India is home to seven out of the ten most polluted cities in the world, with New Delhi being at the sixth position. According to several studies, New Delhi is also the world’s most polluted capital city, thanks to vehicular and industrial emissions, dust from construction sites, and smoke from the burning of crop residue in northern India among others.
The government, for quite some time, has been trying to improve the quality of air through various mechanisms, the latest being the re-implementation of the odd-even scheme after Diwali (between November 4 and 15). Under the scheme, private vehicles will be allowed on the roads only on alternate days, depending on whether their license plates bear an even or an odd number.
The government also emphasised on the use of electric vehicles as an alternative to fuel vehicles, which is expected to help improve the air quality. Also, for this, the Delhi electric vehicle policy 2018 is expected to give a major push.
In November 2018, the state government announced ‘The Draft Delhi EV Policy 2018’, to speed up the adoption of Battery Electric Vehicles (BEVs). The policy aims to make 25% of all vehicles to be EVs by 2023. The policy further encourages the usage of electric rickshaws, three wheeler goods carriers, app-based e-autos, and e-cabs.
Govt. NCT of Delhi plans to offer ‘cashback’ rebates, to encourage the use of EVs for short first and last-mile connectivity trips on e-cab/e-auto rides taken through app-based aggregators. These rebates will be capped at a maximum of 20% of the trip cost and an absolute value of INR 10 per ride.
“All petrol and diesel-powered vehicle users will pay a ‘Pollution Cess’ on the sale of fuel beginning with April 2019. Additional road taxes will be levied on diesel and petrol vehicles, especially luxury cars. A congestion fee up to 2.5% on fare will be levied on all trips originating or terminating within the NCT of Delhi and taken through cab aggregator and ride-hailing services,” the draft said.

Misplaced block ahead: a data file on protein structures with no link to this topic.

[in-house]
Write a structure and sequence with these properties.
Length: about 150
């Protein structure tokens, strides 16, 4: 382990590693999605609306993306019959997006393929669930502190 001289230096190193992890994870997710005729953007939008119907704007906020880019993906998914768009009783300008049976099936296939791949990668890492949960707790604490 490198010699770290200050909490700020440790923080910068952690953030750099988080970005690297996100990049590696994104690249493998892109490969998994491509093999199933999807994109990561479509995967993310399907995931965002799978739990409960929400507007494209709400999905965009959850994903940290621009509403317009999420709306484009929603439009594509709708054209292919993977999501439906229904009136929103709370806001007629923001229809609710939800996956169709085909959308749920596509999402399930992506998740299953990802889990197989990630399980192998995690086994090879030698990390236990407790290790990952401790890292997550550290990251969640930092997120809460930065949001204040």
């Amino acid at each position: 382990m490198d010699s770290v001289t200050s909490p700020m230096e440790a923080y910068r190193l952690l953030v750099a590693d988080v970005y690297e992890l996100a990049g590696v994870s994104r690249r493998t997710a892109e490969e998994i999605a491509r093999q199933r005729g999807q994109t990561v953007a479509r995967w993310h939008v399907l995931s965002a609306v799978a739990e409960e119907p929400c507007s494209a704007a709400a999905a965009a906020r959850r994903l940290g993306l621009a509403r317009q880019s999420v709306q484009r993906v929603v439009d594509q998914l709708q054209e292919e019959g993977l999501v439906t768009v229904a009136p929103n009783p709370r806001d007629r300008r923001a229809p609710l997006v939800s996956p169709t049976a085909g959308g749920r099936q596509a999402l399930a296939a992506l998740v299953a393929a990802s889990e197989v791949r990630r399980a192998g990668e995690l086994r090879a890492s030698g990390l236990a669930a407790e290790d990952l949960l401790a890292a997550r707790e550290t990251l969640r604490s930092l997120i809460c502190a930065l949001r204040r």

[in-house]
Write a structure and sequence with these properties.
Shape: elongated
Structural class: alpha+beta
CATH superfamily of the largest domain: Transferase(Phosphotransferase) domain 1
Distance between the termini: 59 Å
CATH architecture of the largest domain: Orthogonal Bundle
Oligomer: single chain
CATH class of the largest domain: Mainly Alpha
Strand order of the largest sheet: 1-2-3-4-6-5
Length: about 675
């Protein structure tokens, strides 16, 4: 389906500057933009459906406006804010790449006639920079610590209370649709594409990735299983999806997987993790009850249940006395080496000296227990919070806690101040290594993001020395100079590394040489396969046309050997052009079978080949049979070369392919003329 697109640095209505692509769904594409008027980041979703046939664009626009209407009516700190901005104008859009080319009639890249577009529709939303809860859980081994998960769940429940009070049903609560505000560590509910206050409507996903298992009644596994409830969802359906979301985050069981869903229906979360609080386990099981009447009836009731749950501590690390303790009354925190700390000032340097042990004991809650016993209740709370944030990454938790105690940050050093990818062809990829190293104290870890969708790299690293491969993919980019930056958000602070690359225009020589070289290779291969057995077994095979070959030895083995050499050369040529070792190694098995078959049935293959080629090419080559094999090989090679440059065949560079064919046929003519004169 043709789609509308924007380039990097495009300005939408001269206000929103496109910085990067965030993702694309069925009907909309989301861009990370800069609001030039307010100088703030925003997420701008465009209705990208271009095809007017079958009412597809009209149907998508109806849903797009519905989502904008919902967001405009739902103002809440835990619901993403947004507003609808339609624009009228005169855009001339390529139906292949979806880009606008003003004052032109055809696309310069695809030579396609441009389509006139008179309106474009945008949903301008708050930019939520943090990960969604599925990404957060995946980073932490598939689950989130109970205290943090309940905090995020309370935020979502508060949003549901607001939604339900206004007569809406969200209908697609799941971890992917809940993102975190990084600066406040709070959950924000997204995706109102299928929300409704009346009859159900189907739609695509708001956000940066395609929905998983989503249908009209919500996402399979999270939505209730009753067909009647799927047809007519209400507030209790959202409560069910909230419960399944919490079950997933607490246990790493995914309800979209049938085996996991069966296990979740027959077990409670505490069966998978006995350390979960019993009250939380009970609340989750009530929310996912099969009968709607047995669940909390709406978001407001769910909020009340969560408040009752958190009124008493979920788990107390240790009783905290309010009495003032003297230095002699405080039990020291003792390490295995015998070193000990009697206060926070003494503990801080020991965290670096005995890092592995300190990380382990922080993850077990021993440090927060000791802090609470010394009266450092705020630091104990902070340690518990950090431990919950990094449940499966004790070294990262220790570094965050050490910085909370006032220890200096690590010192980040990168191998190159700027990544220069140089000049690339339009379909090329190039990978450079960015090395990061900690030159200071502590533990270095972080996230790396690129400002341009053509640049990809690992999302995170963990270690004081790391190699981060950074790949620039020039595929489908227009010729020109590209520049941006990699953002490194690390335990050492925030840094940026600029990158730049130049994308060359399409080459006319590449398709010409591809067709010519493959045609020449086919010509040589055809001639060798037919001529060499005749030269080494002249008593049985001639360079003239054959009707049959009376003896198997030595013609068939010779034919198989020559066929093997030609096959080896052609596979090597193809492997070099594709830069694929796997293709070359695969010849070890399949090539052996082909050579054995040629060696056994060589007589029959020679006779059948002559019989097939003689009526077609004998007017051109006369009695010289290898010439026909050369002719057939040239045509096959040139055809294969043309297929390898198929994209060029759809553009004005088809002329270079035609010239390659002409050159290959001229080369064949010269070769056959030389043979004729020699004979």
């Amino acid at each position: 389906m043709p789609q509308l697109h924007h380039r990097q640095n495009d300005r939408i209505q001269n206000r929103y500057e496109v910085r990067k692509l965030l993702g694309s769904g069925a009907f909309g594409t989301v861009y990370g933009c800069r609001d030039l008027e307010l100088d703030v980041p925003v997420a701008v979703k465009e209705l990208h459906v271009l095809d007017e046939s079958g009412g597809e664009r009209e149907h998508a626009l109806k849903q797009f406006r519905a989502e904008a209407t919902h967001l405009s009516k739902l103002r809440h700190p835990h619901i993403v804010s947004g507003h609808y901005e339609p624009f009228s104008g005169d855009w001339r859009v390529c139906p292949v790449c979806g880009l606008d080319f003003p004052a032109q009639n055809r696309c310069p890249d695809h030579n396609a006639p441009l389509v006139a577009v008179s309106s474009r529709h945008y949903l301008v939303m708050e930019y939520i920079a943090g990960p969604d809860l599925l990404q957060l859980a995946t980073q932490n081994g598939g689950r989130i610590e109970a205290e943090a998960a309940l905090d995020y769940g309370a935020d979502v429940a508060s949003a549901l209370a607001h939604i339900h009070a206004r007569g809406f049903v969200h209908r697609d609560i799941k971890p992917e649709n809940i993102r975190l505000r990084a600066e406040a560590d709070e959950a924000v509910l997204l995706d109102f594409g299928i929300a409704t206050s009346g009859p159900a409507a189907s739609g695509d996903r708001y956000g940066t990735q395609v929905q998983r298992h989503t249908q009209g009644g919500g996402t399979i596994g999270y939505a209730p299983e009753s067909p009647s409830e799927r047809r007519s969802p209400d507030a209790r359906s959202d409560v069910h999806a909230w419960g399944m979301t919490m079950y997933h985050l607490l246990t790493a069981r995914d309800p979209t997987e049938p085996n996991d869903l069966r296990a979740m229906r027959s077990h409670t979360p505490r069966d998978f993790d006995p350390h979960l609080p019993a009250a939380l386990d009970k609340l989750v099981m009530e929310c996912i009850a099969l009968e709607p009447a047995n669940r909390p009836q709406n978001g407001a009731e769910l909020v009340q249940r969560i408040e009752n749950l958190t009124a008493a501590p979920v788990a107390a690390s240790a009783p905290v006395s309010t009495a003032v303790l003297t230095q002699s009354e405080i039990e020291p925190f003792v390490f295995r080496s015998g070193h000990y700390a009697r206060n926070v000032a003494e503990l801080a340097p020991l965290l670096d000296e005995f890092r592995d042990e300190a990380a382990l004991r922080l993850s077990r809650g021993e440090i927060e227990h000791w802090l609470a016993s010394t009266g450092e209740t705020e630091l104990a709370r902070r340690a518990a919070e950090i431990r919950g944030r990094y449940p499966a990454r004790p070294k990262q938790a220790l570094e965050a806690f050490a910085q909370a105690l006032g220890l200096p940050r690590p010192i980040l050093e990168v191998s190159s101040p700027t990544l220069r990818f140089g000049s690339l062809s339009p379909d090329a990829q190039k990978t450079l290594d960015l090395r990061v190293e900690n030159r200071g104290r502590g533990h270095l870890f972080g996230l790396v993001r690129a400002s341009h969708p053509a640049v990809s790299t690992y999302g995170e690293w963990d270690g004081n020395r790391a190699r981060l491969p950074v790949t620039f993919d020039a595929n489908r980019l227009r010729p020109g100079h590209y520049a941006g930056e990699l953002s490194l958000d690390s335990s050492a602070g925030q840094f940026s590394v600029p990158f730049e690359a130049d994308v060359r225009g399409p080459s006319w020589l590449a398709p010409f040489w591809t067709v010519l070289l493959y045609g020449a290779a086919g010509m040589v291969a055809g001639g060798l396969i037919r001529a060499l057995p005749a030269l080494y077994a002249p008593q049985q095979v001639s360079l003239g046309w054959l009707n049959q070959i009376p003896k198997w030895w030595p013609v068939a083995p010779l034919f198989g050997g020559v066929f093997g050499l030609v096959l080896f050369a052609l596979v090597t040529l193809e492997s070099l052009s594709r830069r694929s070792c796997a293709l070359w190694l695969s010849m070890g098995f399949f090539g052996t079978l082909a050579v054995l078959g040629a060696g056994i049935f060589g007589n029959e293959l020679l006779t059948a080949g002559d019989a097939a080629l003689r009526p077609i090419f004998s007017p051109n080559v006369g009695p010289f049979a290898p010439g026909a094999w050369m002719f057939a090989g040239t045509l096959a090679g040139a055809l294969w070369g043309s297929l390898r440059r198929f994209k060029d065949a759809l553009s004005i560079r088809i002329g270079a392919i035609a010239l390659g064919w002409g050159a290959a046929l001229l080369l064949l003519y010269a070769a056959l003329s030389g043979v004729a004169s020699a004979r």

A transport department official told IANS that by October, it will notify the Electric Vehicle Policy after the necessary amendments in the draft were approved by the Delhi Cabinet.
Earlier in May, Delhi government was reported to be planning incentives for use of electric vehicles for delivery. In its 2019-20 budget, the government had allocated INR 100 Cr to its state electric vehicle fund along with an outlay of INR 1,807 Cr to aid the implementation of transport department’s various schemes, programmes and projects. The state government also earmarked INR 50 Cr from the fund of environment compensation charge for the state electric vehicle fund.
Moreover, the Delhi cabinet approved a proposal to deploy 1,000 low-floor electric buses in the state to curb increasing air pollution levels in the capital. According to Delhi chief minister Arvind Kejriwal, Delhi became the first Indian city to have such a large number of electric buses due to this decision.
Over the last few months, the government claims that Delhi’s air quality has improved by 25%. However, considering winters with Diwali festival being major triggers for air pollution, by when electric vehicle policy can support the government’s ambitions remains to be seen.